God's patience with Abraham can be seen during the intercession for the cities of Sodom and Gomorrah (Genesis 18). Not just once, but five times Abraham asked God to spare the wicked cites and each time requested that different, less stringent conditions be considered. Through this example we can see the longsuffering of God with those who he counts as righteous. We, too, can experience this longsuffering and patience if we live a life of "faith and obedience" ("Genesis Course"). Just as the Lord patiently waited for Noah to build the ark, he is patient toward us, not willing that any of us should perish, but that we all should turn from our sin and turn to him (2 Peter 3:9-10). An additional lesson concerning our prayer life can also be learned from this example. We may sometimes feel that we must not try to "push" God by making repeated requests of him. But as we see through Abraham's example, God will understand if we repeat our needs or even change our minds on occasion. We must always remember that prayer is a powerful tool that the Lord has blessed us with, thus: "The effective, fervent prayer of a righteous man avails much" (James 5:16).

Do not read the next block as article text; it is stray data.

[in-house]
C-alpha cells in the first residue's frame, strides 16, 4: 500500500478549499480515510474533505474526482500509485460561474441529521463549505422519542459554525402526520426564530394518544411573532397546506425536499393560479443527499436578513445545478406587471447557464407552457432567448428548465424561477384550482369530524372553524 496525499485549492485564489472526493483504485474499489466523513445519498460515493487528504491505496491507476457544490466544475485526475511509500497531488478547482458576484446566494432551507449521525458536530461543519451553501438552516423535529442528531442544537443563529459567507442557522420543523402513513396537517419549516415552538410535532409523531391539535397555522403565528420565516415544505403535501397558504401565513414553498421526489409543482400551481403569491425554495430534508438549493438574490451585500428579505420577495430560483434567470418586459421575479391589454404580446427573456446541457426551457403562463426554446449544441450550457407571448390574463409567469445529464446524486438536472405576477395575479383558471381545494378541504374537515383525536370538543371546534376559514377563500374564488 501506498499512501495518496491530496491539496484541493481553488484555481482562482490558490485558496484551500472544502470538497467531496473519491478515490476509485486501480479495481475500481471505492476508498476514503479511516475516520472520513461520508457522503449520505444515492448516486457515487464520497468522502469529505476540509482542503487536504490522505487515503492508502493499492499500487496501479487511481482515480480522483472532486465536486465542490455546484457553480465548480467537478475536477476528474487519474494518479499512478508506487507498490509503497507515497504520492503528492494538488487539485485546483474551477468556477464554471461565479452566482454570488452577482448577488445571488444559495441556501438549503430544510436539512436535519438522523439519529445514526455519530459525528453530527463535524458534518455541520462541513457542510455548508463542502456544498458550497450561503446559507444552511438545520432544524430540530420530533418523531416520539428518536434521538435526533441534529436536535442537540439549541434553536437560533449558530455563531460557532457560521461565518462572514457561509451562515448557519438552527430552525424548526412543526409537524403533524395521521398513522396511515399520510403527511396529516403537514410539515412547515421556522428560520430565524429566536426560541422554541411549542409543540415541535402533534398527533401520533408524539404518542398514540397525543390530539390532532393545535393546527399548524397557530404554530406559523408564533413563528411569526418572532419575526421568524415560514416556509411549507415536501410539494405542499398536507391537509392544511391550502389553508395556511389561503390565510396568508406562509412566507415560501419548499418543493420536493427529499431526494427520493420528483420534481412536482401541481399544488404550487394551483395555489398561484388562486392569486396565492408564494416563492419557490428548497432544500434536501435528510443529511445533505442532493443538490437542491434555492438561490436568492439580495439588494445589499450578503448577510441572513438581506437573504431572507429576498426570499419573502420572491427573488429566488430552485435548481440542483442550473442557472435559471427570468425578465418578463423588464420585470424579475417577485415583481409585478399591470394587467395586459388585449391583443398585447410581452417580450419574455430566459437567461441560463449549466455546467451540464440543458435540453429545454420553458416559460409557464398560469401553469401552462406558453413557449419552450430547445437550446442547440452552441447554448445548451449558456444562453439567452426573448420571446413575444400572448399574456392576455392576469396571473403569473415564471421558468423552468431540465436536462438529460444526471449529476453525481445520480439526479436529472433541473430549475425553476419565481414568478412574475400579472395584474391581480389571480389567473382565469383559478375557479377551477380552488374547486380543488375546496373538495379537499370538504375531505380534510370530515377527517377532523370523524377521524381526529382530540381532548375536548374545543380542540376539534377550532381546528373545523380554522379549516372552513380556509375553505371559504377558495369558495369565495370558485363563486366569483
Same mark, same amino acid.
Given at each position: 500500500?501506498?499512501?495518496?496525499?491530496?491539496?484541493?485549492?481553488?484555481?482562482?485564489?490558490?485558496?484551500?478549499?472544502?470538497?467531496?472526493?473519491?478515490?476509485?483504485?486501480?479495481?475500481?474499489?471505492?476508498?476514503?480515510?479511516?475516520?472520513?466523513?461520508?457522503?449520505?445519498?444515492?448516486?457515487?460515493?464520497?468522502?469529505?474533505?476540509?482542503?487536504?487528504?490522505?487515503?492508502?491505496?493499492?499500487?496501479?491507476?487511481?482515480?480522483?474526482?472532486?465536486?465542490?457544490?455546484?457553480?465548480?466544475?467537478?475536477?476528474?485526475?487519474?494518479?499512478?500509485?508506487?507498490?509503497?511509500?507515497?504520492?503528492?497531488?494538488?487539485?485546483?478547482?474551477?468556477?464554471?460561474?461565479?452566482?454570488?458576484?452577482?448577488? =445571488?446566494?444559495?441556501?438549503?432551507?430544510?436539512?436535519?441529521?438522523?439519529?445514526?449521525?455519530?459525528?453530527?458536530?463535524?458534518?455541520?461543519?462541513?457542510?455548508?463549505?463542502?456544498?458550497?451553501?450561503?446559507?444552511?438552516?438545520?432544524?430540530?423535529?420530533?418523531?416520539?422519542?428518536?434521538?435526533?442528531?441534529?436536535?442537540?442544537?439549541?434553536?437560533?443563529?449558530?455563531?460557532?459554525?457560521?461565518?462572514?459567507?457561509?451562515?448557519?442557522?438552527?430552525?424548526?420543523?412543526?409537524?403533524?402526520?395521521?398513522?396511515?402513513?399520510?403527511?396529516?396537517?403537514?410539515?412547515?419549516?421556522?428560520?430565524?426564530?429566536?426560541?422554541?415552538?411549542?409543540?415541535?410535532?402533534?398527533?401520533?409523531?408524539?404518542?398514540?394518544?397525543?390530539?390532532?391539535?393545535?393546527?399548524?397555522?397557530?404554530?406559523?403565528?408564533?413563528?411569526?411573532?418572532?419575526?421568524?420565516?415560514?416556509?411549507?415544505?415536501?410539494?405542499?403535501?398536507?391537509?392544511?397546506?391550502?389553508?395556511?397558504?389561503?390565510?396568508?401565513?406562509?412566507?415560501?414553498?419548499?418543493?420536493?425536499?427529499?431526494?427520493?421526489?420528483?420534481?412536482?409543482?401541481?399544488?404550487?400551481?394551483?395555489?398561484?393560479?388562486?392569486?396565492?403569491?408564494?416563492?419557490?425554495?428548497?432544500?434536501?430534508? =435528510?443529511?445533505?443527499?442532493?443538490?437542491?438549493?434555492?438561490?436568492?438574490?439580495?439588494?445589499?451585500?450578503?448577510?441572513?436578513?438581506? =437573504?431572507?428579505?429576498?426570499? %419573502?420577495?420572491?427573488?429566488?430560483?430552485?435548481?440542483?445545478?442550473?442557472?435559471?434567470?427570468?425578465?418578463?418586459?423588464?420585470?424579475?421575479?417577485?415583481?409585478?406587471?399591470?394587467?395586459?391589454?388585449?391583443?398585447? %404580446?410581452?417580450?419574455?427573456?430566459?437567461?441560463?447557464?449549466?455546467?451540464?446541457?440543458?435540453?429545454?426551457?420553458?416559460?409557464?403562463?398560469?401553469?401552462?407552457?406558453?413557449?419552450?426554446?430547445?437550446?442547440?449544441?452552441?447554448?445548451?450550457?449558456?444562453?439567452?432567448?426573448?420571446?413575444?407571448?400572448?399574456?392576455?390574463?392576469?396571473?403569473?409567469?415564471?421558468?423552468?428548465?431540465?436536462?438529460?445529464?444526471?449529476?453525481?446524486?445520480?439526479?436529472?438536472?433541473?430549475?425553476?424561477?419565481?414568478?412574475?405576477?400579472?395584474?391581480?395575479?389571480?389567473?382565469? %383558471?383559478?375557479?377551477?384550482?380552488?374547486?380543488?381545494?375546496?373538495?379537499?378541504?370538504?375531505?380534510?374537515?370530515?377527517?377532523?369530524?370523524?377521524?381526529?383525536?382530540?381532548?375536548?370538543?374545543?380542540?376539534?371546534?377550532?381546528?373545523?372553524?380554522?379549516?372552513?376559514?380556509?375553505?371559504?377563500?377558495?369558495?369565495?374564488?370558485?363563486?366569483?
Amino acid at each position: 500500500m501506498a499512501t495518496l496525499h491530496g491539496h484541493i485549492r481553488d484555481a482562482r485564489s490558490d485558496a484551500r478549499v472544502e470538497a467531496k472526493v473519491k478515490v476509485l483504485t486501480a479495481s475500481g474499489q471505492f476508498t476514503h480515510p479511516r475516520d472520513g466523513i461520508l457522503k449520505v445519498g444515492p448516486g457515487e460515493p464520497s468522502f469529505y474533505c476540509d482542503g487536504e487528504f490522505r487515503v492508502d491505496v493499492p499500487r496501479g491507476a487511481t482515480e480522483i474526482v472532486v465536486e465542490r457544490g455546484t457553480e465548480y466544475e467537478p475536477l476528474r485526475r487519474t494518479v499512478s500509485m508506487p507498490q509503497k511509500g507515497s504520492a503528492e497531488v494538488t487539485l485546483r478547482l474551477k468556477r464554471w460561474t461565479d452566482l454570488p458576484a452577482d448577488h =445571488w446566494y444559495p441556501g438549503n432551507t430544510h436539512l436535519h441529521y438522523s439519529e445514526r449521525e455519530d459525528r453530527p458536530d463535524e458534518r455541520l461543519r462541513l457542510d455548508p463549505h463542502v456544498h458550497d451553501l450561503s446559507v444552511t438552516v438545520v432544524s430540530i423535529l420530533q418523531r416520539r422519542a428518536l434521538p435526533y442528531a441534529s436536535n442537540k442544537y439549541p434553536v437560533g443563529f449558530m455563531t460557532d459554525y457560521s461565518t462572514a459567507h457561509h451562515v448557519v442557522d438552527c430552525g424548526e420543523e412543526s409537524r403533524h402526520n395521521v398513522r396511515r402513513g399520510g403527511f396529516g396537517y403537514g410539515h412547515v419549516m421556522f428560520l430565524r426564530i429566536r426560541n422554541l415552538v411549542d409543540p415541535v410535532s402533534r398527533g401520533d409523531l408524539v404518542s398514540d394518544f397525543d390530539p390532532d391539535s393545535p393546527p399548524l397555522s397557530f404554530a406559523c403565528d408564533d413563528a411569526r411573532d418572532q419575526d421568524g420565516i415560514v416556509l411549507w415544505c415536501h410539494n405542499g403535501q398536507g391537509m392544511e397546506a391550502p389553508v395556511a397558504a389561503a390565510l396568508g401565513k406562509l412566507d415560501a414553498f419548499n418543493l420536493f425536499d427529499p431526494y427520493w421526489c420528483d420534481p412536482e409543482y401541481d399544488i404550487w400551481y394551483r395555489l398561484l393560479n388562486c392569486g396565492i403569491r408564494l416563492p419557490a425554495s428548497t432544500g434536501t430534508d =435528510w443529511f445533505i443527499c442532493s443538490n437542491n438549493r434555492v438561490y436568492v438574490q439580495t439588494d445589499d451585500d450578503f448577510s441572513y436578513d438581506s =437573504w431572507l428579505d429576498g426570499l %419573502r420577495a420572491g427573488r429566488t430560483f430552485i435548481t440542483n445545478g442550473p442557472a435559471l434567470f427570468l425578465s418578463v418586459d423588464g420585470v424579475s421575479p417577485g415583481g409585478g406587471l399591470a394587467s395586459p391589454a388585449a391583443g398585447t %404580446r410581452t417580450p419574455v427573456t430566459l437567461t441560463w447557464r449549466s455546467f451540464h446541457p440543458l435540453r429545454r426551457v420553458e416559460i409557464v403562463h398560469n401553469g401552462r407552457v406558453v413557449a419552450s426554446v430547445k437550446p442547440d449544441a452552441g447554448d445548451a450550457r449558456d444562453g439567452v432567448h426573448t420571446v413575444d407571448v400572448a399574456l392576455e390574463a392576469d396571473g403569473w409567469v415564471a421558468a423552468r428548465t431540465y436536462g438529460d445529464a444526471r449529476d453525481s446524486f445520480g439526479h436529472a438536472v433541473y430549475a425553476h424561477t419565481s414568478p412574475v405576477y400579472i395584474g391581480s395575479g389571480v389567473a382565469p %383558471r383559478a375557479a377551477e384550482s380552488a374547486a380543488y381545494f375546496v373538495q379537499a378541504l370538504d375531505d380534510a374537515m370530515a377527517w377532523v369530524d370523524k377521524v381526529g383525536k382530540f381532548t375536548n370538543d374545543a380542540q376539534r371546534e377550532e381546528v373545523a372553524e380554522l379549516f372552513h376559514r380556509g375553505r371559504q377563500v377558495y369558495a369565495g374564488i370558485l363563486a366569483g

When Sarah tried to assist God in his promise to make Abraham a great nation by giving Hagar to him as a wife, nothing but trouble was to follow. There's no doubt that her efforts were done with the best intentions, and she was indeed making sacrifices of herself, allowing Abraham to sleep with another woman. Needless to say that our own wives would not have been so gracious! God has set forth a plan for us to follow in the New Testament as well, but just as Sarah, we feel we have a need to help God along, constantly trying to improve upon what is already perfect. We attempt to update the worship service to make it better for ourselves, forgetting that God is the recipient of our worship. We modify the pattern by adding things like instrumental music simply because we "feel" that is enhances the worship; why wouldn't God want us to make worship better? Some of the largest congregations in the country have already adopted the practice of instrumental services (Adams) and by doing so, they have deviated from God's plan. Trouble is just around the corner; congregations will split; brotherhood papers will be filled with heated debates; such things should never be so (1 Corinthians 1:10). The alien sinner will observe the discord and walk away, not wanting to have anything to do with such a contentious group of people. Even the plan of New Testament salvation is up for discussion, modification and improvement. The necessity of baptism (Mark 16:16) is now under serious consideration by those who once stood firm. Again, the result will be trouble on the day of judgment for those who don't obey the Gospel (2 Thessalonians 1:8). We must learn from Abraham's example that it has always been necessary to follow what God has laid out for us, and if we do so, we shall never fall (2 Peter 1:10).